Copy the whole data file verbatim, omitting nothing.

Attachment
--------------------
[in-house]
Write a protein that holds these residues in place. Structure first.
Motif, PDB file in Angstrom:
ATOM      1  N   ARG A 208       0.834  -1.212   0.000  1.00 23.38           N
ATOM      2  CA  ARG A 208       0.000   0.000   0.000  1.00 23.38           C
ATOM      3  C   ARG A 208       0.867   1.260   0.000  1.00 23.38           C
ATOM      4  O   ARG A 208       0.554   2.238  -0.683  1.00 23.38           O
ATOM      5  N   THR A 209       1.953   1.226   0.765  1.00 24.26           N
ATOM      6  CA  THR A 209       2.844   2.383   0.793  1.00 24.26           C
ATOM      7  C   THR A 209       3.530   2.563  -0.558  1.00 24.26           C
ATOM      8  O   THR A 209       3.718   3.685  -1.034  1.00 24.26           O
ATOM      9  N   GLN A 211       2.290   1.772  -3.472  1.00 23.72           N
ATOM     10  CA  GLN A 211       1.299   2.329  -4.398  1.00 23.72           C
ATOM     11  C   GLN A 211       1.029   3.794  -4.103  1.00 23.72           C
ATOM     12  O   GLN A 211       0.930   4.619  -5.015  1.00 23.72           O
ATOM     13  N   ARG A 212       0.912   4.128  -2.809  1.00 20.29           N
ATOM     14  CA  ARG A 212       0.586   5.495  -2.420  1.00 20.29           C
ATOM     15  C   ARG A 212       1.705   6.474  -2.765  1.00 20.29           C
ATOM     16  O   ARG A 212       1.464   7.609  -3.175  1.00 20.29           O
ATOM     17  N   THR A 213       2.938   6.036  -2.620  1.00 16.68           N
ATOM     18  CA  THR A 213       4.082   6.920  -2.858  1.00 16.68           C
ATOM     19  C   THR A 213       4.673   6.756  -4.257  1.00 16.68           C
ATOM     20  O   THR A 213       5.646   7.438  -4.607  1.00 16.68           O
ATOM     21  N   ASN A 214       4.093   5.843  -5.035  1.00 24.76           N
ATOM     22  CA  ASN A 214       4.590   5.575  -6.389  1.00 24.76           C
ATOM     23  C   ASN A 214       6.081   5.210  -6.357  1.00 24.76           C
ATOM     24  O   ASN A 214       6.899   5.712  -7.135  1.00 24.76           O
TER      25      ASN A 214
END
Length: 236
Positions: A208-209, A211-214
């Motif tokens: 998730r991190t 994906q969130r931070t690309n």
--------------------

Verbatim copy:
[in-house]
Write a protein that holds these residues in place. Structure first.
Motif, PDB file in Angstrom:
ATOM      1  N   ARG A 208       0.834  -1.212   0.000  1.00 23.38           N
ATOM      2  CA  ARG A 208       0.000   0.000   0.000  1.00 23.38           C
ATOM      3  C   ARG A 208       0.867   1.260   0.000  1.00 23.38           C
ATOM      4  O   ARG A 208       0.554   2.238  -0.683  1.00 23.38           O
ATOM      5  N   THR A 209       1.953   1.226   0.765  1.00 24.26           N
ATOM      6  CA  THR A 209       2.844   2.383   0.793  1.00 24.26           C
ATOM      7  C   THR A 209       3.530   2.563  -0.558  1.00 24.26           C
ATOM      8  O   THR A 209       3.718   3.685  -1.034  1.00 24.26           O
ATOM      9  N   GLN A 211       2.290   1.772  -3.472  1.00 23.72           N
ATOM     10  CA  GLN A 211       1.299   2.329  -4.398  1.00 23.72           C
ATOM     11  C   GLN A 211       1.029   3.794  -4.103  1.00 23.72           C
ATOM     12  O   GLN A 211       0.930   4.619  -5.015  1.00 23.72           O
ATOM     13  N   ARG A 212       0.912   4.128  -2.809  1.00 20.29           N
ATOM     14  CA  ARG A 212       0.586   5.495  -2.420  1.00 20.29           C
ATOM     15  C   ARG A 212       1.705   6.474  -2.765  1.00 20.29           C
ATOM     16  O   ARG A 212       1.464   7.609  -3.175  1.00 20.29           O
ATOM     17  N   THR A 213       2.938   6.036  -2.620  1.00 16.68           N
ATOM     18  CA  THR A 213       4.082   6.920  -2.858  1.00 16.68           C
ATOM     19  C   THR A 213       4.673   6.756  -4.257  1.00 16.68           C
ATOM     20  O   THR A 213       5.646   7.438  -4.607  1.00 16.68           O
ATOM     21  N   ASN A 214       4.093   5.843  -5.035  1.00 24.76           N
ATOM     22  CA  ASN A 214       4.590   5.575  -6.389  1.00 24.76           C
ATOM     23  C   ASN A 214       6.081   5.210  -6.357  1.00 24.76           C
ATOM     24  O   ASN A 214       6.899   5.712  -7.135  1.00 24.76           O
TER      25      ASN A 214
END
Length: 236
Positions: A208-209, A211-214
């Motif tokens: 998730r991190t 994906q969130r931070t690309n």